Mill understood that the listening self had to endure the full weight of the other’s points of view, not simply as cognate phenomena — intellectual objects — but as powerful emotional experiences. This statement could easily be the credo of the psychoanalyst who, from his position of neutrality, must subject himself to the full force of the analysand’s emotional life if he is to understand the unconscious truths embedded in his statements.

If the democratic process is to sustain the very conditions it needs to flourish, i.e. “flexible and thoughtful selves”, then the “unconscious truths” conveyed by emotional experience are just as important as the ideas being exchanged. Bollas is suggesting that, at its best, democratic discourse would function as a kind of “talking cure” which, in analogy with the individual’s case, would seek to give expression to conflicted states of mind and not just opinions. In an age dominated by psychophobia, however, this imperative is rarely attended to.

The unconscious mind is itself a kind of democratic process. The psychoanalytic technique of “free association” reveals that an individual, if they are given the freedom and time to express their own thoughts, will offer a diverse and contradictory set of opinions, some of which that same person may view as an anathema. Translated into a group context, Bollas argues that what was expressed by one individual could, in terms of its unconscious truth, be taken as representative of what all members of the group would feel at one time or another. In the therapeutic technique developed on the basis of this insight, a “group leader” will not attempt to censor or discriminate between different opinions, but rather seek to reformulate a view expressed by an individual member as being the position of the group as whole, i.e. “the group thinks that…” This avoids recriminations and violent confrontations, and allows others in the group to absorb what has been said. About this approach to group therapy, Bollas writes:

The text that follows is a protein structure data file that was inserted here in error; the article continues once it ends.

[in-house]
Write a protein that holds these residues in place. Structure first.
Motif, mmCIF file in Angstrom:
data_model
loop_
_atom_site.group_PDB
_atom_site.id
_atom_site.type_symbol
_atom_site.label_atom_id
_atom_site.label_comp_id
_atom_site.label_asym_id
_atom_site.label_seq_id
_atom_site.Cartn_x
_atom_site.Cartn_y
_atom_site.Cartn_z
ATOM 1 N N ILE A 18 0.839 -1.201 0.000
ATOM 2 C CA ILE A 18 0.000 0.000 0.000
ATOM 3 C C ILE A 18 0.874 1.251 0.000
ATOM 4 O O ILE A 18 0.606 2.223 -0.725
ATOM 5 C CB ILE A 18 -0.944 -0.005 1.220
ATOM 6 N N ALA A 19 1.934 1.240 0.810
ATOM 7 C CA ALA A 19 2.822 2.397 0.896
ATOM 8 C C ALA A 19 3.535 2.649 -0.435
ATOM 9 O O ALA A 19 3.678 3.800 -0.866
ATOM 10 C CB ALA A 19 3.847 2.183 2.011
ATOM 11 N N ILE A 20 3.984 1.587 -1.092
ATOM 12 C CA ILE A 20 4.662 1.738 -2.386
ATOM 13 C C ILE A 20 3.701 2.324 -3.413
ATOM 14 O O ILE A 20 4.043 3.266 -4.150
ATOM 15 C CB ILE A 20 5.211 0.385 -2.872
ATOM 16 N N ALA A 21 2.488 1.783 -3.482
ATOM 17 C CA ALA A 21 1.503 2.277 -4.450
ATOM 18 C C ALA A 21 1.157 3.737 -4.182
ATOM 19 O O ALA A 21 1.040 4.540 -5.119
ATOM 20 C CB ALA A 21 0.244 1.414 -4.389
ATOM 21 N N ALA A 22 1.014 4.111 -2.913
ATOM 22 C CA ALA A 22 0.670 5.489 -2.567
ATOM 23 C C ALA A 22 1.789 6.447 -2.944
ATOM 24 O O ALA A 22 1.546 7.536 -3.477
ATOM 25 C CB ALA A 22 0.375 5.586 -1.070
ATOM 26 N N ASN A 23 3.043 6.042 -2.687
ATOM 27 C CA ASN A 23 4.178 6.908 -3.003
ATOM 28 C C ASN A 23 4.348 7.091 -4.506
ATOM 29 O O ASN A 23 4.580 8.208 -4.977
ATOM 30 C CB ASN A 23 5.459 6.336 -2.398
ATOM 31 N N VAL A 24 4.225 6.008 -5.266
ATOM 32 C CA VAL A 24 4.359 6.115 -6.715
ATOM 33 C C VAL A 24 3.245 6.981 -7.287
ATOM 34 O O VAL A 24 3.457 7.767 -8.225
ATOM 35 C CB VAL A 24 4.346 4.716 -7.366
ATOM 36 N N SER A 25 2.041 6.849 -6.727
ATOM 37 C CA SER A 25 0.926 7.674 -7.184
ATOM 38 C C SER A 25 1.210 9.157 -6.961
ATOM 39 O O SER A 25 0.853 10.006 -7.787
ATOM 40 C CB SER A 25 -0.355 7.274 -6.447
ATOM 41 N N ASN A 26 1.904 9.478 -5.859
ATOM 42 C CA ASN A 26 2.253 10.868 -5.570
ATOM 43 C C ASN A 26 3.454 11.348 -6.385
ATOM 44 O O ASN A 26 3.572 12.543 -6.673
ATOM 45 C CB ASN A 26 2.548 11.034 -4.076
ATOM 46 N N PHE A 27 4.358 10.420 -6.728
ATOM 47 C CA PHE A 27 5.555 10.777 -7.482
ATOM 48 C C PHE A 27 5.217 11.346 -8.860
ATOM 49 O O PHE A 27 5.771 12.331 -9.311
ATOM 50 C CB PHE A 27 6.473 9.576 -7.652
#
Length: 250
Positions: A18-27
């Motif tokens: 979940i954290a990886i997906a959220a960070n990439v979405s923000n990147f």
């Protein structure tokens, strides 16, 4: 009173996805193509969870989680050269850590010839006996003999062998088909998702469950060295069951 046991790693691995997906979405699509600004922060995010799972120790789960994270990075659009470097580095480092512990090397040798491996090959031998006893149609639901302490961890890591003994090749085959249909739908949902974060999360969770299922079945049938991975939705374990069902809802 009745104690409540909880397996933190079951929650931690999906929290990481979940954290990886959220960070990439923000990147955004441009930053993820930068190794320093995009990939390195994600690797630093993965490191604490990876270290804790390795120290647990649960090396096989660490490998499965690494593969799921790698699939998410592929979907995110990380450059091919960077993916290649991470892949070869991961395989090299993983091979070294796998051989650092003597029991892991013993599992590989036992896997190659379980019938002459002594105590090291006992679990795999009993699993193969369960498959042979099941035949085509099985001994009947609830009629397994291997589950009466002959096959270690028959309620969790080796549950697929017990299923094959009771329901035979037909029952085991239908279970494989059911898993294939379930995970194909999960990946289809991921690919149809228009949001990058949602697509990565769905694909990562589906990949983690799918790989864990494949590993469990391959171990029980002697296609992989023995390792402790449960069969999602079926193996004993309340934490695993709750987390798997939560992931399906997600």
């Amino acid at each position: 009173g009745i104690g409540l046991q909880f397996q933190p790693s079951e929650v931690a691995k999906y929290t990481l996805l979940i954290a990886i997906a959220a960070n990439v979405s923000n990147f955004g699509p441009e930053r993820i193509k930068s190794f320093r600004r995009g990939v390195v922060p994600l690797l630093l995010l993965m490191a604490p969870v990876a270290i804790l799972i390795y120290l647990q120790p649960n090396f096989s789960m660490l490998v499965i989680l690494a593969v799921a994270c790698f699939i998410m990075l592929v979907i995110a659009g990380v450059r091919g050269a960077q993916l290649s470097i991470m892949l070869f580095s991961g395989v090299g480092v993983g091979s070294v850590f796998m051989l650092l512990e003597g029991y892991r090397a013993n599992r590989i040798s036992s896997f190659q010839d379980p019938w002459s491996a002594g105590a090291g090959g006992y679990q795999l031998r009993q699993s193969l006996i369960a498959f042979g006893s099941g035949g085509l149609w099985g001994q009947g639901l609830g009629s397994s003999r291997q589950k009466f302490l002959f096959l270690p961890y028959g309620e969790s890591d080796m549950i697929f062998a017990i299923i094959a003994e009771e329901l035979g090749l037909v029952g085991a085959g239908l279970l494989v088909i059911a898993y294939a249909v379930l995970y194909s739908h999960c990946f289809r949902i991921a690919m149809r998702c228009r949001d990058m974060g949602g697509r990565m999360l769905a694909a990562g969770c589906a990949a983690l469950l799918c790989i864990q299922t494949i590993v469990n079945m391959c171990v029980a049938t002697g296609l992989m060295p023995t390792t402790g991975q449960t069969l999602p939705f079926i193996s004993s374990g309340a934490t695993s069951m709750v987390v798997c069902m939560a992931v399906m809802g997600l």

[D]emocratization disseminates divergent emotions or ideas through many people who will elaborate, contextualize and render them differently. The eventual accomplishment of understanding will be the work of the group, as it gradually forms its own mind according to psychic democracy, entertaining all the conflicting ideas and feelings experienced by its members.

Consider again the case we opened with, Malone’s “mass formation psychosis”. It is at best a misunderstanding or distortion of an idea found in social psychology. At worst, it’s not even a mistaken idea that can be reasoned about, but rather a case of paranoid projection. Can we nevertheless unearth an emotional truth here, one which appears to resonate with a great many people? This is the kind of question which Bollas thinks we need to be open to as practitioners of democracy.

Being encouraged to “speak without censorship” is a principle of both psychoanalysis and democracy, and Bollas thinks it reflects a deep psychological need or drive to give expression to our own minds. If the unconscious mind is inherently democratic, then the democratic process realizes not just a particular frame of mind, but the mind itself. Nevertheless, just as there are totalitarian, oligarchic and monarchical regimes, so too there are frames of mind which emerge from our inner worlds to silence its diversity of voices.

Today in Russia, Belarus, Myanmar, Hong Kong, and many other countries, it is not just alternative opinions, beliefs and values which are brutally repressed, but the democratic process as both a political and psychological attempt to collectively work through divergent emotions and ideas. The culture wars, while not comparable to the violence of a brutal crackdown by the state, nevertheless have the effect of stymying this democratic impulse through the encouragement of paranoid frames of mind. The answer is not to censor either side of this conflict, of course. But it may lie in promoting the idea of a democratic mind: not merely defending the right to say something offensive or stupid, but working to unearth the unconscious truth behind such speech in order to reformulate it and make it accessible to all participants for their considered reflection.

Note to readers: I have started republishing essays on Substack in case people have trouble accessing them on here. I also take the opportunity to revise and sometimes lengthen the original work. I will continue to publish here first.

[1] Bateman and Fonagy, Mentalization-Based Treatment for Personality Disorders: A Practical Guide, p. 19.